The most devastating mud volcano was formed near the city of Sidoarjo on the island of Java in Indonesia more than 11 years ago – and to this day it does not cease to erupt. The mud volcano of Lucy began its eruption on May 29, 2006, and its peak throws out 180,000 cubic meters of mud every day, flooding neighboring villages with a 40-meter layer of viscous and foul-smelling substance.
The most serious event of this kind took 13 lives and destroyed houses where 60 thousand people lived. But although the dirt gushes for more than 11 years, scientists have not found the cause of the appearance of the volcano. The main versions of Lucy’s origin are the unsuccessful drilling of the Banjar Panji-1 well and an earthquake that occurred a few days before the mud volcano began to erupt.
Given the huge impact of the volcano on neighboring communities and fields that have been a source of income for people, why do we still not know the reason?
Mud volcanoes are often found on Earth, there are many of them all over the world. They come in different shapes and sizes and behave like their brethren that erupt in molten rock, alternating long periods of inactivity with periodic violent eruptions. Mud volcanoes, however, spit out not a molten hot lava from the earth’s mantle, but a cold mixture of gas, water and solid particles.
The most spectacular examples of mud volcanoes are in Azerbaijan, where their size can be equal to a small grief. Usually, mud volcanoes occur at the junctions of tectonic plates, as well as under water in river deltas, where sediments accumulate, creating an unusually high pressure under the ground. The mud mixture pushes the lifting gas it contains to the surface. Usually, mud volcanoes grow slowly, layer by layer. What happened in Sidoargo in 2006 is unique. Lusi is the fastest growing mud volcano that has flooded surrounding houses, factories, temples and schools with a foul-smelling, mud-like emulsion.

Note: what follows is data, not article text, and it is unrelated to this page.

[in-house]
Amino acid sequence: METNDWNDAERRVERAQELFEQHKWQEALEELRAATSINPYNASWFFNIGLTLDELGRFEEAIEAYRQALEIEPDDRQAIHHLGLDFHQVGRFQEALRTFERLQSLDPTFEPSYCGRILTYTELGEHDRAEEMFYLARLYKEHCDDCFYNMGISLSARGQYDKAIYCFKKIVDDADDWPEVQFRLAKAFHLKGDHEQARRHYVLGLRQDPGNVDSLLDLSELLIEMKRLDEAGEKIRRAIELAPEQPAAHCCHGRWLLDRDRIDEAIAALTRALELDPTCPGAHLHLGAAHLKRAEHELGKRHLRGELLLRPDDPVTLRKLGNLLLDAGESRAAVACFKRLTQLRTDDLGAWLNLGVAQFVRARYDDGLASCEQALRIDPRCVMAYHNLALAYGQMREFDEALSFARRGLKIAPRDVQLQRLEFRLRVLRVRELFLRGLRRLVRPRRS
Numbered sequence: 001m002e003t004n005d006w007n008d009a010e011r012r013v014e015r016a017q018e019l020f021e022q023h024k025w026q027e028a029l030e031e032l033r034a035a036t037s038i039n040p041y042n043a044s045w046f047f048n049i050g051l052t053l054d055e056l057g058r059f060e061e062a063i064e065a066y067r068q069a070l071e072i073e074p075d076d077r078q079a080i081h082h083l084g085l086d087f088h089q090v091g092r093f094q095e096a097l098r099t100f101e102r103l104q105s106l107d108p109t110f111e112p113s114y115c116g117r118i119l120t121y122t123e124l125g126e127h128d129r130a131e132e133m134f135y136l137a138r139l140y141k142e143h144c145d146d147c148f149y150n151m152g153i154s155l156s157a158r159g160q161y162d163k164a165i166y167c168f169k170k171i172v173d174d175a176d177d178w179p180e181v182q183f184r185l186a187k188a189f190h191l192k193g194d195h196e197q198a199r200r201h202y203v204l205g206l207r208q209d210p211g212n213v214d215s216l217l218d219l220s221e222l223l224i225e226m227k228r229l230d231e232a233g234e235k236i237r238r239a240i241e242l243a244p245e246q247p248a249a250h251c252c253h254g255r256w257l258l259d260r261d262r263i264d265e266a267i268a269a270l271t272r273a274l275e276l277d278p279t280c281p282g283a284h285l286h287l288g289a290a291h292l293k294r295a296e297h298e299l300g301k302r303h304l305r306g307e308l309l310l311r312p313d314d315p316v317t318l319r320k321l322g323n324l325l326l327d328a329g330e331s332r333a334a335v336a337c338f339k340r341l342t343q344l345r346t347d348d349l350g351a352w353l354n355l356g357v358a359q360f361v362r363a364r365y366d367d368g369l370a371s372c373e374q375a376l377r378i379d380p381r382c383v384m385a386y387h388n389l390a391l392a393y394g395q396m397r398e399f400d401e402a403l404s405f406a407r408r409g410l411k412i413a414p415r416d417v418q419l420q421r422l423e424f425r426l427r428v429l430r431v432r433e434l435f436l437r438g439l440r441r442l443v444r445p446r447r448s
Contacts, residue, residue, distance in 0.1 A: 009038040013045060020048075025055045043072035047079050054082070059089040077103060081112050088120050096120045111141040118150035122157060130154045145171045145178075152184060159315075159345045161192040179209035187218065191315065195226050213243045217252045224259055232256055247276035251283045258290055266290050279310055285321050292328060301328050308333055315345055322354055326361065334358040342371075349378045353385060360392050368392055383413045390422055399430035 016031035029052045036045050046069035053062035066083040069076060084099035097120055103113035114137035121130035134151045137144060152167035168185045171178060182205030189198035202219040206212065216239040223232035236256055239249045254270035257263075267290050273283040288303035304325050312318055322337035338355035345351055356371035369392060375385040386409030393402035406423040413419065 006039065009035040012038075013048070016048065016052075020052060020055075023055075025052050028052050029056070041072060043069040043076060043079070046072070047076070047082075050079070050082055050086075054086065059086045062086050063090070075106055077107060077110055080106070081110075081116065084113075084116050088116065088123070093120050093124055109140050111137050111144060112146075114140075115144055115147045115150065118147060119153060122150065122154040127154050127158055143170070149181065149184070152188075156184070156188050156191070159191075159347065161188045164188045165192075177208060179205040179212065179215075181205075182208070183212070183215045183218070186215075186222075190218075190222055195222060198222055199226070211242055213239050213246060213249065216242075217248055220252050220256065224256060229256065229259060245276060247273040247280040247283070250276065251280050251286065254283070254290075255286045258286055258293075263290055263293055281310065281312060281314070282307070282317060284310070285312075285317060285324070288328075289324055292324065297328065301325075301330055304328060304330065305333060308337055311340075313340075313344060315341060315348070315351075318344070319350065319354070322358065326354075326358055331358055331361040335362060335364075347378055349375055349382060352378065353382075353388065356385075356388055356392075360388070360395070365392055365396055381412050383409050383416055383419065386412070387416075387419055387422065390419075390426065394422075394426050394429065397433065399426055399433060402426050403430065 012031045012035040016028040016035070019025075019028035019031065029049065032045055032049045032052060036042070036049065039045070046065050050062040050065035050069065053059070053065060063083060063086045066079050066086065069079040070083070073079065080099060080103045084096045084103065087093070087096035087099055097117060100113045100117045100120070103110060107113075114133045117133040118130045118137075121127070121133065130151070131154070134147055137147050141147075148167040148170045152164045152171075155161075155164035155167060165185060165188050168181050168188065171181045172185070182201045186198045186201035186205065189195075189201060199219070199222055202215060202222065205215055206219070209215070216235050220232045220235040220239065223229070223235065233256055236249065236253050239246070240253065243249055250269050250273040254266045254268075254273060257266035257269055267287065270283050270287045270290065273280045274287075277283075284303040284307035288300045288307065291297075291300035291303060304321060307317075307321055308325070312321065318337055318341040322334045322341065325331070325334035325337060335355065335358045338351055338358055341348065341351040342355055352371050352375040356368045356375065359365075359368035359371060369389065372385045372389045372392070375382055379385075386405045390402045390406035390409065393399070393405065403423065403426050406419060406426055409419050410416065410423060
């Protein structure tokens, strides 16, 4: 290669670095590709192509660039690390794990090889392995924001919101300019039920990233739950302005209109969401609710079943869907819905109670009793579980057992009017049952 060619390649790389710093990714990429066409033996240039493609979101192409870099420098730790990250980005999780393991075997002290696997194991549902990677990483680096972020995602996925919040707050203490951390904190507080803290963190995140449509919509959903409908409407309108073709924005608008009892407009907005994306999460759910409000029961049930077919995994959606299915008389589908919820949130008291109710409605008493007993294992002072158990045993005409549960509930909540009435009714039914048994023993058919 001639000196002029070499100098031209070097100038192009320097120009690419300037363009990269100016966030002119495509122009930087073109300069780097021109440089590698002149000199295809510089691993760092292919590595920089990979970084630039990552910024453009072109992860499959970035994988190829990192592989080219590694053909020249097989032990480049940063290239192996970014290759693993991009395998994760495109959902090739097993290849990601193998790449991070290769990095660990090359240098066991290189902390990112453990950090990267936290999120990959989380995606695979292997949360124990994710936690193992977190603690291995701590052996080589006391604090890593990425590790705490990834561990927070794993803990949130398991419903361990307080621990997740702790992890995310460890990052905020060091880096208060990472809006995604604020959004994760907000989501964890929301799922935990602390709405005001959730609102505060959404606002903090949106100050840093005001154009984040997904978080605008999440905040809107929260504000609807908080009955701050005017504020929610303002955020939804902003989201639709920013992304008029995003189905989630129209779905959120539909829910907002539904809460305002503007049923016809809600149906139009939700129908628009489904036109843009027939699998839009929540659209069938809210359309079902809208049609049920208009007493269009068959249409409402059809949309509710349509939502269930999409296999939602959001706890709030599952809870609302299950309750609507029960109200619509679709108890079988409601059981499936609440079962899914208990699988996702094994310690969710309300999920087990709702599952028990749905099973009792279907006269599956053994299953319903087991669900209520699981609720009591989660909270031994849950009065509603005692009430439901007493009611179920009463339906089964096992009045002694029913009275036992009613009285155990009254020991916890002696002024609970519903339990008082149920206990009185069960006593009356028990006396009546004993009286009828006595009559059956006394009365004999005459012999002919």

The study by Stephen Miller and Ariano Mazzini (“More than 10 years of Lucy: a review of facts, coincidences, past and future studies”), which consider both versions of the formation of a mud volcano, supporting, however, the option of an earthquake.
So, how did the events unfold if a well was blamed for the occurrence of the volcano? During drilling, water from the surrounding rock entered the Banjar Panji-1 well to a depth of 2,834 meters. The well was reinforced with steel and cement only to a depth of 1,743 meters. The water pressure was sufficient to cause the surrounding rock to crack or increase existing cracks. Mixed with underground mud from the Calibang formation, the sealed water and mud broke through to the surface through a crack, forming a mud volcano of Lusi just 200 meters from the drilling site.
Consider the version with an earthquake. The underground thrust in Yogyakarta with a magnitude of 6.3 occurred May 27 at 260 km from the present volcano Lusi. The earthquake has set in motion a layer of mud in the Calibang formation, forcing it to reach the liquid state and rise to the surface under pressure.
The mystery of the origin of the mud volcano Lusi is not disclosed – and the volcano continues to throw out daily muddy mud.